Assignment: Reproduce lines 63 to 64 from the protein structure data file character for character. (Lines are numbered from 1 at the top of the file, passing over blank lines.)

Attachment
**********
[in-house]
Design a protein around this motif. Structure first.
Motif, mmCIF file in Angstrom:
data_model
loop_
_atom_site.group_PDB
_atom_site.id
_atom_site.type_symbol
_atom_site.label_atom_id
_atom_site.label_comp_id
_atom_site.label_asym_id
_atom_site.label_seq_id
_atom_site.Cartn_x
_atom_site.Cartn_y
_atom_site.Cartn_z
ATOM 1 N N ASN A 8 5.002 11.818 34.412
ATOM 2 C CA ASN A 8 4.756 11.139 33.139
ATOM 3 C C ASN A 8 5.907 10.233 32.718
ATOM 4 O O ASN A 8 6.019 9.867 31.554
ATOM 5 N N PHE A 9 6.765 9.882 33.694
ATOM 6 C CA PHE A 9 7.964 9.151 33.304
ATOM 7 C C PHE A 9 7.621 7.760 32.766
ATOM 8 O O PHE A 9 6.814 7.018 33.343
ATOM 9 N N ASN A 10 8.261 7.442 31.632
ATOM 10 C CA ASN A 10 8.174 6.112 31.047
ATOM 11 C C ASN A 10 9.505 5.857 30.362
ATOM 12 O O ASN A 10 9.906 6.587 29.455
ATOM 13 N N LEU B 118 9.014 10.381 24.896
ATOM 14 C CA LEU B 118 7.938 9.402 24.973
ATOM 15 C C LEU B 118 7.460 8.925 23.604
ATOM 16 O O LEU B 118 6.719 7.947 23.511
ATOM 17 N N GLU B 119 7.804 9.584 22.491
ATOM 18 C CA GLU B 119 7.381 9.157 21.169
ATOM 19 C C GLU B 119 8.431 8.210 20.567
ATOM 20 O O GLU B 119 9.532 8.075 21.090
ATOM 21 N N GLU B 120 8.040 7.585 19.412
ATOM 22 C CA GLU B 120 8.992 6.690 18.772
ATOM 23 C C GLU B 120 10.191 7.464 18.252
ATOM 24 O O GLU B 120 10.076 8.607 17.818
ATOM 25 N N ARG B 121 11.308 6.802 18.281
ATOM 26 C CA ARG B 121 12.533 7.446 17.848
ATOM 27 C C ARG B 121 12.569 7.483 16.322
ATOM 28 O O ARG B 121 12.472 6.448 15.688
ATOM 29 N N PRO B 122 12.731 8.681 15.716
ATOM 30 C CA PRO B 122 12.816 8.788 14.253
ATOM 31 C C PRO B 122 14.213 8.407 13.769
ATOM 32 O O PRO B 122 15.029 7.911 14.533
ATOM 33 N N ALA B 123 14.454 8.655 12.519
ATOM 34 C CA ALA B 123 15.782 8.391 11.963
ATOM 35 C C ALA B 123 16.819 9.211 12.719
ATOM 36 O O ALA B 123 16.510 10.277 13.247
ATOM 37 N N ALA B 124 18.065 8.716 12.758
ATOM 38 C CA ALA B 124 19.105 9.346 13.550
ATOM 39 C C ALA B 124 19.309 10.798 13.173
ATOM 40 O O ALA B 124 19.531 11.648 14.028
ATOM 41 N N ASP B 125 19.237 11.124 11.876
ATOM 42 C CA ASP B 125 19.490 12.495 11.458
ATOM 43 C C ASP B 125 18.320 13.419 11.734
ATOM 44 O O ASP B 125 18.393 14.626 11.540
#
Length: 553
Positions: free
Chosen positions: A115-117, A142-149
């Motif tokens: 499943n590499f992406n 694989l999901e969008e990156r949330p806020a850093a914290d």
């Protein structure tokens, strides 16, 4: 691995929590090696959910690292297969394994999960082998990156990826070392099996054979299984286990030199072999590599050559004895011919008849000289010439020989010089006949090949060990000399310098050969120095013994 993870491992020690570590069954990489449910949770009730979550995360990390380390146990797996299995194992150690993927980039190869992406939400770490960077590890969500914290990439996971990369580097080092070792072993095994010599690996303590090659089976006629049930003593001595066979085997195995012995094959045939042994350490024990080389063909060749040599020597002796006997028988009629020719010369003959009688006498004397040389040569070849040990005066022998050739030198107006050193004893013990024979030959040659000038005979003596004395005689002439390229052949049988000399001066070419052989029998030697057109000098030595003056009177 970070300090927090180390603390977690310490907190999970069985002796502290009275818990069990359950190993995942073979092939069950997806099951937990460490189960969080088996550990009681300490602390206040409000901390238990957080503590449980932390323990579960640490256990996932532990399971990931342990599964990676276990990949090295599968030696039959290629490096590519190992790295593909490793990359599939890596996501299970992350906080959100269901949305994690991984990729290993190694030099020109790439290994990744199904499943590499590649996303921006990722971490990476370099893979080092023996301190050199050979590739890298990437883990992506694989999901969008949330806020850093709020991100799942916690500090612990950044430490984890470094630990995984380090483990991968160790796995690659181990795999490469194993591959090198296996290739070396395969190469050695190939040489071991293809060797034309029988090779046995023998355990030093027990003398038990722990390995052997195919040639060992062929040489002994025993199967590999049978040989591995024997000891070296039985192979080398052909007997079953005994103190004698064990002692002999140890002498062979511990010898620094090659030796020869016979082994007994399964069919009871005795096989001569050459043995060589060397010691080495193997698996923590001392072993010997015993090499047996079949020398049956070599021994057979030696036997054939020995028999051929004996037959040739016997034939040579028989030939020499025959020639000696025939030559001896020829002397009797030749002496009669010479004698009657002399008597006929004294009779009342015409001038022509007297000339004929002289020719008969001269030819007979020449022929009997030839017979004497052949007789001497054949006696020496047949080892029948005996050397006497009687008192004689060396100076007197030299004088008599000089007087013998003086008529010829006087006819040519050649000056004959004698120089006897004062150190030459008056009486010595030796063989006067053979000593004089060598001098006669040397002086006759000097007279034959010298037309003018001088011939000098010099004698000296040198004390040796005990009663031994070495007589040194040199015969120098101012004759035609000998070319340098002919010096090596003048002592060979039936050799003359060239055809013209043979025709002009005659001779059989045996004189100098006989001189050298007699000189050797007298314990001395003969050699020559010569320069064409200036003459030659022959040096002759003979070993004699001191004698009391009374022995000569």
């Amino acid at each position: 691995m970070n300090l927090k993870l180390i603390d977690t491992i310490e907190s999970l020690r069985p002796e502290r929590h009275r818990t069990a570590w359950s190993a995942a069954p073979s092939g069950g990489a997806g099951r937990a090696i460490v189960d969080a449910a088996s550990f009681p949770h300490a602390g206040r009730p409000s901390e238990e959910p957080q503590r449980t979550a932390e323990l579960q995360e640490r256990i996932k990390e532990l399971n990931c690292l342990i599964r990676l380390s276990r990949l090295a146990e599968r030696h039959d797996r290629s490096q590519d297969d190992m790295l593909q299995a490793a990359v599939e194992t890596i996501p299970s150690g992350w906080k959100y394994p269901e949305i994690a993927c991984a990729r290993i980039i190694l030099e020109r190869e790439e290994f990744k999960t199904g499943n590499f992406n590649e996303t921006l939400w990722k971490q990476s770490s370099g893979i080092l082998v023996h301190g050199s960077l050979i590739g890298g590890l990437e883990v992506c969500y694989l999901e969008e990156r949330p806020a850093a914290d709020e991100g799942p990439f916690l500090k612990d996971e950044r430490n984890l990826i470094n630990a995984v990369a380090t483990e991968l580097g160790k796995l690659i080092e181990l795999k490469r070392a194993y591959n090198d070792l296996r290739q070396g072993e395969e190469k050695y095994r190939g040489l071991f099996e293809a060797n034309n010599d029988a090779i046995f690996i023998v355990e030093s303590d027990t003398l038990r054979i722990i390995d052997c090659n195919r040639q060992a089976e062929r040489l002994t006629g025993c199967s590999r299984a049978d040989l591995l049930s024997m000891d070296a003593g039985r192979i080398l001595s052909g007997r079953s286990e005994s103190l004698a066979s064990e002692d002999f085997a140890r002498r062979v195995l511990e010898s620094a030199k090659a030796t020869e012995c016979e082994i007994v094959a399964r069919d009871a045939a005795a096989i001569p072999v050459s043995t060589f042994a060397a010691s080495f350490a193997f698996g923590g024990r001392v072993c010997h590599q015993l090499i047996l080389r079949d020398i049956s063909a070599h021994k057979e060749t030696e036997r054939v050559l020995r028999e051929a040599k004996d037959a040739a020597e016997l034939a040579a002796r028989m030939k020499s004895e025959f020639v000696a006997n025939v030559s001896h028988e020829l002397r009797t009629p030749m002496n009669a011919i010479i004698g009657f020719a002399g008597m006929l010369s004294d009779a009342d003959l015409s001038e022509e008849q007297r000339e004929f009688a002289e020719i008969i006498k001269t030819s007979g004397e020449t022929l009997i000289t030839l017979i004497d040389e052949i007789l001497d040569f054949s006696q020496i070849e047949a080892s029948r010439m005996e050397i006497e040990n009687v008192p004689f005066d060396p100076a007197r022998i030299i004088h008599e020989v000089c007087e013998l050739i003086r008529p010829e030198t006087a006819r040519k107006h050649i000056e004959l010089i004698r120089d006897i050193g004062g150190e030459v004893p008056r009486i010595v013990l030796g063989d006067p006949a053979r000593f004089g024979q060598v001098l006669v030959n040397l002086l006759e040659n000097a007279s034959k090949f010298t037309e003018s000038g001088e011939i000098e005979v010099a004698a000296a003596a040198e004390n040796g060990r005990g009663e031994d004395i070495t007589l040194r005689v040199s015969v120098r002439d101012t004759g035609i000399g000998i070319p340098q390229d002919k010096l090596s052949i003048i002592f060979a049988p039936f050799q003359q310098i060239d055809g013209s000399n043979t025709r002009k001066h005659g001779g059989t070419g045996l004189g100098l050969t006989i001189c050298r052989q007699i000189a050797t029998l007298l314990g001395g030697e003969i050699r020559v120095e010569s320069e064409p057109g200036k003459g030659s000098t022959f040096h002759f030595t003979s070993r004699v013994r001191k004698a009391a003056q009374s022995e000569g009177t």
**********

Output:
Chosen positions: A115-117, A142-149
């Motif tokens: 499943n590499f992406n 694989l999901e969008e990156r949330p806020a850093a914290d």